Amsterdam: A Quick Orientation

Amsterdam: A Quick Orientation

Amsterdam, in its physical aspect, is almost entirely a product of the so-called “Golden Age” of the Netherlands-that period in the 17th century when Holland surged to the near-pinnacle of world power, after its victory over Spain in the brutal Eighty Years War. It was during this period that the merchants of Amsterdam-then the dominant element in the city-laid out a pattern of gently-curving, concentric canals that occupy the central section of Amsterdam and constitute the city’s particular glory today. Amsterdam performs an essentially capital city service function for the rest of the Dutch economy.

The canals run in a fairly regular pattern that makes it quite easy to orient yourself. Starting at the Central Station, the first of the canals is the Singel. Then comes the Herengracht (“Gentlemen’s Canal”), then the Keizersgracht (“Emperor’s Canal”), and finally the Prinsengracht (“Prince’s Canal”). Along these canals the merchants of 17th-century Amsterdam then constructed what seem today like endless lines of gilded, patrician mansions and homes. These have, in recent years, been occupied by business firms, but their façades are absolutely untouched-and it is in this most beautiful centuries-old setting that you’ll want to spend most of your time in Amsterdam.

Crossing through this pattern of parallel, concentric canals, like the spokes of a wheel, are avenues, the most important of which is the Damrak, which starts at the Central Station and heads straight to the Dam Square, site of the Royal Palace, the Nieuwe Kerk (New Church), and National Monument. From the Dam Square, this street becomes the Rokin, and veers a bit as it heads to the Mint Square (Muntplein), where the famous old Mint Tower Amsterdam stands, and where the Amstel River begins.

Near the Mint Square is the Rembrandtsplein (Rembrandt’s Square), one of the two major entertainment areas of Amsterdam; a bit further out, and to the west, is the Leidseplein (Leidse Square), the other entertainment section of Amsterdam, and the site of the Stadsschouw-burg (Municipal Theatre). And beyond this central area is a slightly more modern section where you’ll find the two great art museums of Amsterdam-the renowned Rijksmuseum and Stedelijk Museum- as well as the famous home of its much-acclaimed orchestra, the Concertgebouw.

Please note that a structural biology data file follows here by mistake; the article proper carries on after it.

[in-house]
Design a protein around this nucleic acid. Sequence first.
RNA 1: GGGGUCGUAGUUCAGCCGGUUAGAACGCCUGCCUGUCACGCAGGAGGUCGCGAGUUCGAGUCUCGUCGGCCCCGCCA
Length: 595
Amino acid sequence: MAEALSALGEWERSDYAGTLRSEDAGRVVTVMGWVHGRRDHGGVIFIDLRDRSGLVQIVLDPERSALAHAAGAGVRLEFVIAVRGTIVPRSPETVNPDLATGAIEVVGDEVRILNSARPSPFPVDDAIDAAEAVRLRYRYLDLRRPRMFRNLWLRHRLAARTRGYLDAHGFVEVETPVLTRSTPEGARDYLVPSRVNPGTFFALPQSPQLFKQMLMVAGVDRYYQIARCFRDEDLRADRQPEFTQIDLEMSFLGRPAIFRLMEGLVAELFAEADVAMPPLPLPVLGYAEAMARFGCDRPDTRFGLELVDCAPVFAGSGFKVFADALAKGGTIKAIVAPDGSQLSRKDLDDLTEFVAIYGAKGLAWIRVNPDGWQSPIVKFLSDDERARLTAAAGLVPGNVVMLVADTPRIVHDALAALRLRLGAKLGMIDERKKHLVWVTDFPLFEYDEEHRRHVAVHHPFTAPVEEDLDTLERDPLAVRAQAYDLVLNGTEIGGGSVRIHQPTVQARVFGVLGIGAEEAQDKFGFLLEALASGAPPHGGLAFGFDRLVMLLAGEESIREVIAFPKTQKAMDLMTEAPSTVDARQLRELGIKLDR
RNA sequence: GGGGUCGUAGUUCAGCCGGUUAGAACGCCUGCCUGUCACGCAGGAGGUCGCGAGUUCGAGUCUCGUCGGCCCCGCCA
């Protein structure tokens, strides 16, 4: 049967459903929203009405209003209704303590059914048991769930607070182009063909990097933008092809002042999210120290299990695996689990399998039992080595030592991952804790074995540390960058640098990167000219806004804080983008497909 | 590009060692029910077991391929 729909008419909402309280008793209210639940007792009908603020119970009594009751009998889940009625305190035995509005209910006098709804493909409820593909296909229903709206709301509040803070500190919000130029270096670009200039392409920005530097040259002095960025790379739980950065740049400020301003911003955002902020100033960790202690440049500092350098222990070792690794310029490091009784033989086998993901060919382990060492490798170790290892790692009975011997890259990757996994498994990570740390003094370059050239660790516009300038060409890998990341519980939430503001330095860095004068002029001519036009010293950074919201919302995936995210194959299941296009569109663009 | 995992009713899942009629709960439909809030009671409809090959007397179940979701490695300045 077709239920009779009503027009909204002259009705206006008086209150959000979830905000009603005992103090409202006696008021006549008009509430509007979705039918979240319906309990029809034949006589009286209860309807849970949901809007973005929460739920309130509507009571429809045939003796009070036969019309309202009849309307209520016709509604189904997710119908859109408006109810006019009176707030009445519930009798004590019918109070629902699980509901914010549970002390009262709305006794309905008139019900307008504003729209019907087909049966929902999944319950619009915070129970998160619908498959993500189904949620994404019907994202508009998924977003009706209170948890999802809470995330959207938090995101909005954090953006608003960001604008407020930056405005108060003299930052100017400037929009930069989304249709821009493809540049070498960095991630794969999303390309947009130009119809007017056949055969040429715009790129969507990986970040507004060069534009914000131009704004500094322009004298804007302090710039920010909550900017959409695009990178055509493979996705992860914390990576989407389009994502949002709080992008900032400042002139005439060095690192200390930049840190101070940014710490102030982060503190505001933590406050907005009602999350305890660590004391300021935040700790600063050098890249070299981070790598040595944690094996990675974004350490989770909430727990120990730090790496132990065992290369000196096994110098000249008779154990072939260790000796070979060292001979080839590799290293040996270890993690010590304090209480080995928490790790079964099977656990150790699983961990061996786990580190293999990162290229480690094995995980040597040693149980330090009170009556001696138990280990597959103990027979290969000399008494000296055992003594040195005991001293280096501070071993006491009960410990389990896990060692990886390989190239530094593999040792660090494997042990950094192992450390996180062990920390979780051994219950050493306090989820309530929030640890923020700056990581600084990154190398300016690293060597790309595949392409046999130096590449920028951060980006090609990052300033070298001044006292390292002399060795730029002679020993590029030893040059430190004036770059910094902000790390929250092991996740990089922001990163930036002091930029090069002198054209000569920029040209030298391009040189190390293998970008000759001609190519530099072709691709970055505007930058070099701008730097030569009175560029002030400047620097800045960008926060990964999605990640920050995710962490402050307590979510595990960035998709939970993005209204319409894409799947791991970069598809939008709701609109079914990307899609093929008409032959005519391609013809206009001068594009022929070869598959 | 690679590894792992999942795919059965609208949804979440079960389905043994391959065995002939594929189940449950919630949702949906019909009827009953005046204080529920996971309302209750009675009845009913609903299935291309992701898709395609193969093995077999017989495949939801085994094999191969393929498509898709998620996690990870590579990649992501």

Rotterdam Sightseeings

Rotterdam Sightseeings

Rotterdam owes its ultra-modernity to its utter devastation in Second World War. The visible result of this ‘fresh start’ is one of the most dynamic and efficient seaports in the world. Sited on the estuaries of the Maas (Meuse) and the Rhine, the Europort of Rotterdam is one of the major European trade centers.

There are frequent pleasure cruises through the heart of dockland and, for a panoramic view of the city, go to the top of the 392-foot Euromast. At street level you should not miss the Boymans-van Beuningen Museum which houses many of the works of Hieronymus Bosch, the medieval painter, whose bizarre masterpiece, The Garden of Delights, rests in the Prado in Madrid.

Hotels in Rotterdam: Rotterdam Hilton (Weena 10); the Atlanta (Coolsingel 97 / Aert Von Ness 4); the Savoy (81 Hoogstraat) and the Rijn Hotel (Schouwburgaplein 1).